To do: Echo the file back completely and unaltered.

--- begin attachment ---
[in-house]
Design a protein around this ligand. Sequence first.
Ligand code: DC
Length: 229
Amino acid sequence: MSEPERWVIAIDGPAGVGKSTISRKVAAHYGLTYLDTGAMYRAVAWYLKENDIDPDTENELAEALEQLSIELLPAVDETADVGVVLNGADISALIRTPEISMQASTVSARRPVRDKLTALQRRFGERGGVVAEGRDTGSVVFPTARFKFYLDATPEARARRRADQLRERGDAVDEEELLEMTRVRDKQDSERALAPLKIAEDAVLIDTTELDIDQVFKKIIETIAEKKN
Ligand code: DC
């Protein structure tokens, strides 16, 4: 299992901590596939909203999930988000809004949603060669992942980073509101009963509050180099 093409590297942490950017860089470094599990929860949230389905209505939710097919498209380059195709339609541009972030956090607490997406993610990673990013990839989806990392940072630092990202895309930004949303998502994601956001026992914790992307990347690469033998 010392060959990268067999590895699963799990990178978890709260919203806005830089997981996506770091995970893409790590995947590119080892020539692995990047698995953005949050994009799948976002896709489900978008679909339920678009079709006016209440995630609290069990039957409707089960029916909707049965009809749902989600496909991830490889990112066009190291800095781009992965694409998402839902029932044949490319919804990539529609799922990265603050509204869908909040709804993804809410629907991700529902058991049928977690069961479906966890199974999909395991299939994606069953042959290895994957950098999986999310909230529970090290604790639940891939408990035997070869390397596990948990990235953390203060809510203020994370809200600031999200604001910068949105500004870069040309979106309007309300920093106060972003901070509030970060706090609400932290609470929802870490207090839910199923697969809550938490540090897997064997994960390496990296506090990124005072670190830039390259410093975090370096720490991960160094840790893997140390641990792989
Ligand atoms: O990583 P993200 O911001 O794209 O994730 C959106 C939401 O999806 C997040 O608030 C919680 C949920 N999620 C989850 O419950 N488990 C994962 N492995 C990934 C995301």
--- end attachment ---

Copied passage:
[in-house]
Design a protein around this ligand. Sequence first.
Ligand code: DC
Length: 229
Amino acid sequence: MSEPERWVIAIDGPAGVGKSTISRKVAAHYGLTYLDTGAMYRAVAWYLKENDIDPDTENELAEALEQLSIELLPAVDETADVGVVLNGADISALIRTPEISMQASTVSARRPVRDKLTALQRRFGERGGVVAEGRDTGSVVFPTARFKFYLDATPEARARRRADQLRERGDAVDEEELLEMTRVRDKQDSERALAPLKIAEDAVLIDTTELDIDQVFKKIIETIAEKKN
Ligand code: DC
């Protein structure tokens, strides 16, 4: 299992901590596939909203999930988000809004949603060669992942980073509101009963509050180099 093409590297942490950017860089470094599990929860949230389905209505939710097919498209380059195709339609541009972030956090607490997406993610990673990013990839989806990392940072630092990202895309930004949303998502994601956001026992914790992307990347690469033998 010392060959990268067999590895699963799990990178978890709260919203806005830089997981996506770091995970893409790590995947590119080892020539692995990047698995953005949050994009799948976002896709489900978008679909339920678009079709006016209440995630609290069990039957409707089960029916909707049965009809749902989600496909991830490889990112066009190291800095781009992965694409998402839902029932044949490319919804990539529609799922990265603050509204869908909040709804993804809410629907991700529902058991049928977690069961479906966890199974999909395991299939994606069953042959290895994957950098999986999310909230529970090290604790639940891939408990035997070869390397596990948990990235953390203060809510203020994370809200600031999200604001910068949105500004870069040309979106309007309300920093106060972003901070509030970060706090609400932290609470929802870490207090839910199923697969809550938490540090897997064997994960390496990296506090990124005072670190830039390259410093975090370096720490991960160094840790893997140390641990792989
Ligand atoms: O990583 P993200 O911001 O794209 O994730 C959106 C939401 O999806 C997040 O608030 C919680 C949920 N999620 C989850 O419950 N488990 C994962 N492995 C990934 C995301």